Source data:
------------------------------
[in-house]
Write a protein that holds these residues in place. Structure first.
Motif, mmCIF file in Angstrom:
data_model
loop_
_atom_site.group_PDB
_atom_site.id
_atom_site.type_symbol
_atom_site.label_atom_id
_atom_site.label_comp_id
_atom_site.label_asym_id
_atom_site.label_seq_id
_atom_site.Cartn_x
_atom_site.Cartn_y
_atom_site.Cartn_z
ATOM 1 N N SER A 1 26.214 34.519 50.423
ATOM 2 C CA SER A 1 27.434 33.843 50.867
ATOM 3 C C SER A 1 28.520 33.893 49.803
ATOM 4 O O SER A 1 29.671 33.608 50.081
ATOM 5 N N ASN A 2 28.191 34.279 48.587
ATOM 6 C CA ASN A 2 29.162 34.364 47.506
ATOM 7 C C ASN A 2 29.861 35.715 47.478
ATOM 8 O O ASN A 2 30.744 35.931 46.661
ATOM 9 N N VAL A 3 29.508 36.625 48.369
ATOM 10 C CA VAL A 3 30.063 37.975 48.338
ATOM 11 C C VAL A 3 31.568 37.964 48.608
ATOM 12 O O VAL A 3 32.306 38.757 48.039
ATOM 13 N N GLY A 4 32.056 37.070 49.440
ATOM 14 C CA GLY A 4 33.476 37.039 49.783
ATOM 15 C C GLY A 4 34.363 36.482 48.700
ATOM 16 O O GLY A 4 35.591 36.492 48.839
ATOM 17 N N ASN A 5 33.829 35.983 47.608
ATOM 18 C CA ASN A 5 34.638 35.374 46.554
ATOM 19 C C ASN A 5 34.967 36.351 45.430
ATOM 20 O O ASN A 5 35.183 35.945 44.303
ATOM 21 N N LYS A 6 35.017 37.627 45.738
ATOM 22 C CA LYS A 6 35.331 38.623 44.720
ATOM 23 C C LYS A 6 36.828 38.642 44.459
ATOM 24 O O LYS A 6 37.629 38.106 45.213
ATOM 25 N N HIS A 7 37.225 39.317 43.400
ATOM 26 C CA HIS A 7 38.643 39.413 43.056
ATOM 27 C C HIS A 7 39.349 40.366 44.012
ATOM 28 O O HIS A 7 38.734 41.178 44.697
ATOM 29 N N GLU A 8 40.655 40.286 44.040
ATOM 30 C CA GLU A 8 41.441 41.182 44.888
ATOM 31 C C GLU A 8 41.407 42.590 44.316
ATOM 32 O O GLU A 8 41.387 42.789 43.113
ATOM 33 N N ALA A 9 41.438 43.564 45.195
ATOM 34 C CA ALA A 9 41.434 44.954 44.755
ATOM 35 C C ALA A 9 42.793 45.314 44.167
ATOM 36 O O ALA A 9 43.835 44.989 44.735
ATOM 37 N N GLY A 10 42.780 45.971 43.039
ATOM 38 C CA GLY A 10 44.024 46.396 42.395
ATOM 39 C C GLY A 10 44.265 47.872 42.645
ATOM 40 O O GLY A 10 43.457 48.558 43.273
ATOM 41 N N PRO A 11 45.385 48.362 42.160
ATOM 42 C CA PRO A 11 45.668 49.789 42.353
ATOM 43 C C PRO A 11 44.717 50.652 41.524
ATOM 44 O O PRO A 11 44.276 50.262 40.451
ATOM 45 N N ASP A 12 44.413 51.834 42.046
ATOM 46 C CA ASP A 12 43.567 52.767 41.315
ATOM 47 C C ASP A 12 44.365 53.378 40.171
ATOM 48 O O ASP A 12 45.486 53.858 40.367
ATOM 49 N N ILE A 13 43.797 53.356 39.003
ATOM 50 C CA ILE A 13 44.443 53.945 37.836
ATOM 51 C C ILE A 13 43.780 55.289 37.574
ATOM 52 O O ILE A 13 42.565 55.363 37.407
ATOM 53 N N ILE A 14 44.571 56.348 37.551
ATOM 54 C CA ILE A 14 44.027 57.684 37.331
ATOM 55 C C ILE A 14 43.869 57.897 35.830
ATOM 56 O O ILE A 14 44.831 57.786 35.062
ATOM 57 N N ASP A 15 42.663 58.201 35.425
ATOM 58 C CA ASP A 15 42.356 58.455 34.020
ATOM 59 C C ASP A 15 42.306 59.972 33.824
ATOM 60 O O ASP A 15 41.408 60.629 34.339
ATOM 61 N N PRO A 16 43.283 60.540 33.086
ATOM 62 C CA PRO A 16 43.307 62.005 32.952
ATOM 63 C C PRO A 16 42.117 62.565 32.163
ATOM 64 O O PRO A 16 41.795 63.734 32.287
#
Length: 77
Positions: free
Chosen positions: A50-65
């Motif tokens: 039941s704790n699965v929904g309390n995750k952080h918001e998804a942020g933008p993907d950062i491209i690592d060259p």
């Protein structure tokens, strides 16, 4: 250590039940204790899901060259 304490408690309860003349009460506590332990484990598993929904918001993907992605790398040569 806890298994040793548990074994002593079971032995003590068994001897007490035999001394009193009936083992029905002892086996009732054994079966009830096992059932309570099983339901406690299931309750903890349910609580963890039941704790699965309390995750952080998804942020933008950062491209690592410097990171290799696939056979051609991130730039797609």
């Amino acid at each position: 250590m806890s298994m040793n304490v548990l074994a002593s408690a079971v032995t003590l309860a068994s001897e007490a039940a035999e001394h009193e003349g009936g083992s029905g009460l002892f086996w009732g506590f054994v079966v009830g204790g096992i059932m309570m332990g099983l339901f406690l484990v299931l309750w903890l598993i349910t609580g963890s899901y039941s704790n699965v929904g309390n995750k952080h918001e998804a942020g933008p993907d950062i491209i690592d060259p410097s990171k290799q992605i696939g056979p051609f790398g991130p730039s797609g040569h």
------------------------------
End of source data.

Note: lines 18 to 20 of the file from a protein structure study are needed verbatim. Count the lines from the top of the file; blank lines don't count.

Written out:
ATOM 3 C C SER A 1 28.520 33.893 49.803
ATOM 4 O O SER A 1 29.671 33.608 50.081
ATOM 5 N N ASN A 2 28.191 34.279 48.587